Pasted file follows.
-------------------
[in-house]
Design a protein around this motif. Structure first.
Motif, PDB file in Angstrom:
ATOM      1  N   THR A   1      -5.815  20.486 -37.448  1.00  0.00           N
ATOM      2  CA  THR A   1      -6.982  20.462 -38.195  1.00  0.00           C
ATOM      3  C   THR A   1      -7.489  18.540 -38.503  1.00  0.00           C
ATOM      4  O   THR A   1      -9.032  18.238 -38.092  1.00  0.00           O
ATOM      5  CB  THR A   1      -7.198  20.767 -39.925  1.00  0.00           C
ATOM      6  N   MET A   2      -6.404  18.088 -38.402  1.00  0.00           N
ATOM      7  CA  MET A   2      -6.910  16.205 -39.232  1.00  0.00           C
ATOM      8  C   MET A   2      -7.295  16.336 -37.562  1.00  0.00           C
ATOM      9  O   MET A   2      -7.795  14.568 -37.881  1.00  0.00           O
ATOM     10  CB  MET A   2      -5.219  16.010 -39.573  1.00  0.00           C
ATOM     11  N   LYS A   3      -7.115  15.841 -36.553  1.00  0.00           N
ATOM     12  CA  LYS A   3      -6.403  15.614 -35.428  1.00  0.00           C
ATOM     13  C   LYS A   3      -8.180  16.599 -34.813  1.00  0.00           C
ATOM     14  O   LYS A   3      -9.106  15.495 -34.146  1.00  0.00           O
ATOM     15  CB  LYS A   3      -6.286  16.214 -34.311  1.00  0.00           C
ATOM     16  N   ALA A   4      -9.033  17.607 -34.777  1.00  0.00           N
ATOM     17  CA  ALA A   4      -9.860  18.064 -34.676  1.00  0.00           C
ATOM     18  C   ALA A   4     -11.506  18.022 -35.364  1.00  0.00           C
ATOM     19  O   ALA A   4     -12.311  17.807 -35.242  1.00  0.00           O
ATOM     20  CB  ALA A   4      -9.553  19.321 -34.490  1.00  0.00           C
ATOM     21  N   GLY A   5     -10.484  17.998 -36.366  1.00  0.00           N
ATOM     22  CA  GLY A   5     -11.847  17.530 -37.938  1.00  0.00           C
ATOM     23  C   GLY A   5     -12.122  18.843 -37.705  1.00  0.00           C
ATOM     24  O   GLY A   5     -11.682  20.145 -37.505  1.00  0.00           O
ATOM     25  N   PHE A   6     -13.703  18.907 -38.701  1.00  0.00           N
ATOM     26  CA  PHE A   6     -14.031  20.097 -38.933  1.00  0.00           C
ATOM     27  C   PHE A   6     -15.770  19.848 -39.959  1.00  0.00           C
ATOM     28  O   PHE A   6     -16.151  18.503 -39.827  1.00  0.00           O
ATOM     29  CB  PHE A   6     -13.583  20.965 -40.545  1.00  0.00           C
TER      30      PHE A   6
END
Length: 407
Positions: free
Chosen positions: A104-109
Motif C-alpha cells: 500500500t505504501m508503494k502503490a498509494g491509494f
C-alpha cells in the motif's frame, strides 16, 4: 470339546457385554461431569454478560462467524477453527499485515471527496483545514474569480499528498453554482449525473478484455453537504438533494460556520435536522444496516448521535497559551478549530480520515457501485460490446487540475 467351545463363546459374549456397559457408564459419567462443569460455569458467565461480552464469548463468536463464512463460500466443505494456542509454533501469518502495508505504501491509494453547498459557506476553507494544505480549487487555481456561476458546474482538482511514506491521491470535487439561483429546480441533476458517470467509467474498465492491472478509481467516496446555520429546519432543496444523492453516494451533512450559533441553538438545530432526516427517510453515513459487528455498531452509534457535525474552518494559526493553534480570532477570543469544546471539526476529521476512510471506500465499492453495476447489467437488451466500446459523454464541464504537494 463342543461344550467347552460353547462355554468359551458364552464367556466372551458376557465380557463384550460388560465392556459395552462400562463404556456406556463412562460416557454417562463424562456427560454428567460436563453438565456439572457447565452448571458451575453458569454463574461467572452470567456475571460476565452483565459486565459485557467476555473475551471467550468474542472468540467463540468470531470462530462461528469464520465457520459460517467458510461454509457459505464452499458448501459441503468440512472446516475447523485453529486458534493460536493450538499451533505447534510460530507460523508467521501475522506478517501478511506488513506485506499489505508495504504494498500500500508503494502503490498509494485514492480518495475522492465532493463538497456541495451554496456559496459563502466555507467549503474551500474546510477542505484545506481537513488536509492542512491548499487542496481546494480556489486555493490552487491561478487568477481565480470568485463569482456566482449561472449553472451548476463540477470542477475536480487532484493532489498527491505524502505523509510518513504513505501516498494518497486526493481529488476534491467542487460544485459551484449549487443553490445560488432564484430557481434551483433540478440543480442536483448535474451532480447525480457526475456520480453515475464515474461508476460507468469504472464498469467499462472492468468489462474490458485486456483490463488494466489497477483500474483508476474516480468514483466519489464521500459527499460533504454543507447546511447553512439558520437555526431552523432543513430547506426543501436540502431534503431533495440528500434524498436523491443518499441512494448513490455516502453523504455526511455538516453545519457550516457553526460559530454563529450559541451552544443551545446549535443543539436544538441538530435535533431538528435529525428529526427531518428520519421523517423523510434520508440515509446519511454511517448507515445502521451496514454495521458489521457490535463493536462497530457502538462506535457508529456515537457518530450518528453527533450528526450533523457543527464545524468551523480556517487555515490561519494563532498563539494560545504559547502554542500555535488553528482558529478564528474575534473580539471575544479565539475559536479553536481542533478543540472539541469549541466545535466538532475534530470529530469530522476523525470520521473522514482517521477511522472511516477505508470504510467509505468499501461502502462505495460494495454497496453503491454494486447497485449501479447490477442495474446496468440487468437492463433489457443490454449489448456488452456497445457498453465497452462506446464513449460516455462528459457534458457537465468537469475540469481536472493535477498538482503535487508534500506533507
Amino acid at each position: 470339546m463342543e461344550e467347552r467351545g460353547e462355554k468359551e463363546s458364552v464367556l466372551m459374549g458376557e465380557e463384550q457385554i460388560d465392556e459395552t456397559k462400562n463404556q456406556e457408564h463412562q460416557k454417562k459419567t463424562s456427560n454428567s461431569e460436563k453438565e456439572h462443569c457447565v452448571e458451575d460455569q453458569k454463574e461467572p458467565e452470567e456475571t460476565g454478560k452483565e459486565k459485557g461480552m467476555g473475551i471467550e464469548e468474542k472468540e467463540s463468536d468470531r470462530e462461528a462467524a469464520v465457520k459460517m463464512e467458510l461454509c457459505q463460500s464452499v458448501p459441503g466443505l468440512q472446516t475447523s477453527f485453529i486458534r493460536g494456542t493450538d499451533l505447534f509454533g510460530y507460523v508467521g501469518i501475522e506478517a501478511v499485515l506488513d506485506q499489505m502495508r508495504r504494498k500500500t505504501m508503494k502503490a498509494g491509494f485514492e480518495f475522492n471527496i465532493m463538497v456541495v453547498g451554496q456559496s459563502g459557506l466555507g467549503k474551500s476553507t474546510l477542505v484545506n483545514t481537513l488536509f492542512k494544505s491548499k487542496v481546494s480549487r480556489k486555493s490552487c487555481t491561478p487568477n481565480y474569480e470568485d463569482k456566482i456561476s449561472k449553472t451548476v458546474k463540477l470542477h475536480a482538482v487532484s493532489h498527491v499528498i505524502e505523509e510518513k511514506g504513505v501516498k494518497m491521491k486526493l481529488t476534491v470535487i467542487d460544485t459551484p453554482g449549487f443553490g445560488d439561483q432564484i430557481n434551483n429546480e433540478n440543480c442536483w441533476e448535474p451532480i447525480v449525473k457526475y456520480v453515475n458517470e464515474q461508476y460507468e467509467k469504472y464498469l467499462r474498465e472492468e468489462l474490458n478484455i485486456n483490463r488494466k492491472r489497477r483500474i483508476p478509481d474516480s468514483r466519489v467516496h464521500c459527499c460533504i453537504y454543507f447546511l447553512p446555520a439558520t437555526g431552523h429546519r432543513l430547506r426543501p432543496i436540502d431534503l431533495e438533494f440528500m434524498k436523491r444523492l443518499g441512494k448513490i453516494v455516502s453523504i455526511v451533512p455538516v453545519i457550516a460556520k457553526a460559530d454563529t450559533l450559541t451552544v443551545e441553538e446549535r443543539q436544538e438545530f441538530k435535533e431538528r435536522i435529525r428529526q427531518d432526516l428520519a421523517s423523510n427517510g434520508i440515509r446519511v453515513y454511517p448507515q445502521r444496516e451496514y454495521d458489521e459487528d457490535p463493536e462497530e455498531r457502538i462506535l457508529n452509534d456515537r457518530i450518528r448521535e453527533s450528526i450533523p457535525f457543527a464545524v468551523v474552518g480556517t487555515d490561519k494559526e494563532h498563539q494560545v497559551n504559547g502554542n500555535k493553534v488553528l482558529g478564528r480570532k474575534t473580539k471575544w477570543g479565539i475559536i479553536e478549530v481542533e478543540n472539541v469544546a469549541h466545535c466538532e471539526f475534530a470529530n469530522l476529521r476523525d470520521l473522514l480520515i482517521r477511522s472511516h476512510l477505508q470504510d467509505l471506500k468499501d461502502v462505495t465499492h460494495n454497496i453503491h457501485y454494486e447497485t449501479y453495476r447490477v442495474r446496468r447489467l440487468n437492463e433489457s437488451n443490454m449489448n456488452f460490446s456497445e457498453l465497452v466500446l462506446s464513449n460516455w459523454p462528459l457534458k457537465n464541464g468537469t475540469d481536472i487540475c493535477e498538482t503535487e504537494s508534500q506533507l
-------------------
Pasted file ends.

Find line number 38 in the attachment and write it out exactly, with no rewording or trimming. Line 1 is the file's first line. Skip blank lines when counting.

Motif C-alpha cells: 500500500t505504501m508503494k502503490a498509494g491509494f